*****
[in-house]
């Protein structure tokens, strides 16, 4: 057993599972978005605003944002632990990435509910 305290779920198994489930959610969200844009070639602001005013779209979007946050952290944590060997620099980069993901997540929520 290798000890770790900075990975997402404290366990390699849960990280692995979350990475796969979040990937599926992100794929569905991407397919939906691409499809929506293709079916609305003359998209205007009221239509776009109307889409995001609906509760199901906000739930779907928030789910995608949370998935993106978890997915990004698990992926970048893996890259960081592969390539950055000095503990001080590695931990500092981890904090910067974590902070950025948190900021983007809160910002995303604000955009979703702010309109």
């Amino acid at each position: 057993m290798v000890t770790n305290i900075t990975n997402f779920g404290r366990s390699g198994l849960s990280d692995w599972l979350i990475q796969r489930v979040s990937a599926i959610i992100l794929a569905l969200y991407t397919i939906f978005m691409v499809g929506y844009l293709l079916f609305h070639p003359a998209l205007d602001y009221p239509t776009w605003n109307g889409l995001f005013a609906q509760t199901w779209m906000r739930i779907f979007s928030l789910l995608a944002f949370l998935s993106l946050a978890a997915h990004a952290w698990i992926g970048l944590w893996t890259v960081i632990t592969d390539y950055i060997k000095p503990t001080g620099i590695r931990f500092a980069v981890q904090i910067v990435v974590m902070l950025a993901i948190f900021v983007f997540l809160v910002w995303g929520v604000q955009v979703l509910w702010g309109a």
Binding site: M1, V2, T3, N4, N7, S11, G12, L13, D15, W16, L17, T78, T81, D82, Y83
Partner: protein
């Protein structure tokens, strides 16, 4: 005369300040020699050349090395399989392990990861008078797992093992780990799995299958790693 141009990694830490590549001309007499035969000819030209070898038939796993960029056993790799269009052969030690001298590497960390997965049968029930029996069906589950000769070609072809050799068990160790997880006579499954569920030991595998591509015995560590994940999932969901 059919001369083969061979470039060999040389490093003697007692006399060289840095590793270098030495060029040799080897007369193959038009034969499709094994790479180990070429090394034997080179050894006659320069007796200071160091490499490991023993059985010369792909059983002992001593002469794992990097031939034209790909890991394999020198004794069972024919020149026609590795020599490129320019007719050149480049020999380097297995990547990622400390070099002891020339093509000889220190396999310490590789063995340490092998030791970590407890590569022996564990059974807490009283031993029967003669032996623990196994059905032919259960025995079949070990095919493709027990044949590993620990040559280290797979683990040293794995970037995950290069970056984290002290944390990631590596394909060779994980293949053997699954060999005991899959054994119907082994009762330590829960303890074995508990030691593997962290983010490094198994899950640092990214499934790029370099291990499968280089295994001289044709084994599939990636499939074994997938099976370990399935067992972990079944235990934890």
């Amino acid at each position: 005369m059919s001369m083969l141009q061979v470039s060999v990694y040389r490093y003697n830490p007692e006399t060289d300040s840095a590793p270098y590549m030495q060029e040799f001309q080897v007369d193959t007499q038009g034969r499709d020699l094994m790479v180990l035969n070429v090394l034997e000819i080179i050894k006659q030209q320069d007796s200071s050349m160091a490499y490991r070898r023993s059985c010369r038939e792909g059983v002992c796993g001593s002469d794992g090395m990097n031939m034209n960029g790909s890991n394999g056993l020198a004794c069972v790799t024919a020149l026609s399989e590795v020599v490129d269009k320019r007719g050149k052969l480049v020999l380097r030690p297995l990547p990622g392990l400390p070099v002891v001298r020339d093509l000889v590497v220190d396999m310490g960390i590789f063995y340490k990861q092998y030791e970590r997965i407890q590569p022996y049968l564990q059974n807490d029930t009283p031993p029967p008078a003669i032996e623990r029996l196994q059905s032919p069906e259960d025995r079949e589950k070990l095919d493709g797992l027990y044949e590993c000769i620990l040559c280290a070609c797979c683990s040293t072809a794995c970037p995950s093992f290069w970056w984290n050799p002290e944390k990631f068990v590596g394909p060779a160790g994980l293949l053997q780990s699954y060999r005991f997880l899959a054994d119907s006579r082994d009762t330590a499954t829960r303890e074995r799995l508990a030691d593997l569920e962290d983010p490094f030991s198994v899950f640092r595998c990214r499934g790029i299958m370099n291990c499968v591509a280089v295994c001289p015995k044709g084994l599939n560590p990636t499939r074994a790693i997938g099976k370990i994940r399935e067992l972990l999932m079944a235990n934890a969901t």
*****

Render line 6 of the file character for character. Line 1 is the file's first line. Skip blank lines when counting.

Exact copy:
């Protein structure tokens, strides 16, 4: 005369300040020699050349090395399989392990990861008078797992093992780990799995299958790693 141009990694830490590549001309007499035969000819030209070898038939796993960029056993790799269009052969030690001298590497960390997965049968029930029996069906589950000769070609072809050799068990160790997880006579499954569920030991595998591509015995560590994940999932969901 059919001369083969061979470039060999040389490093003697007692006399060289840095590793270098030495060029040799080897007369193959038009034969499709094994790479180990070429090394034997080179050894006659320069007796200071160091490499490991023993059985010369792909059983002992001593002469794992990097031939034209790909890991394999020198004794069972024919020149026609590795020599490129320019007719050149480049020999380097297995990547990622400390070099002891020339093509000889220190396999310490590789063995340490092998030791970590407890590569022996564990059974807490009283031993029967003669032996623990196994059905032919259960025995079949070990095919493709027990044949590993620990040559280290797979683990040293794995970037995950290069970056984290002290944390990631590596394909060779994980293949053997699954060999005991899959054994119907082994009762330590829960303890074995508990030691593997962290983010490094198994899950640092990214499934790029370099291990499968280089295994001289044709084994599939990636499939074994997938099976370990399935067992972990079944235990934890």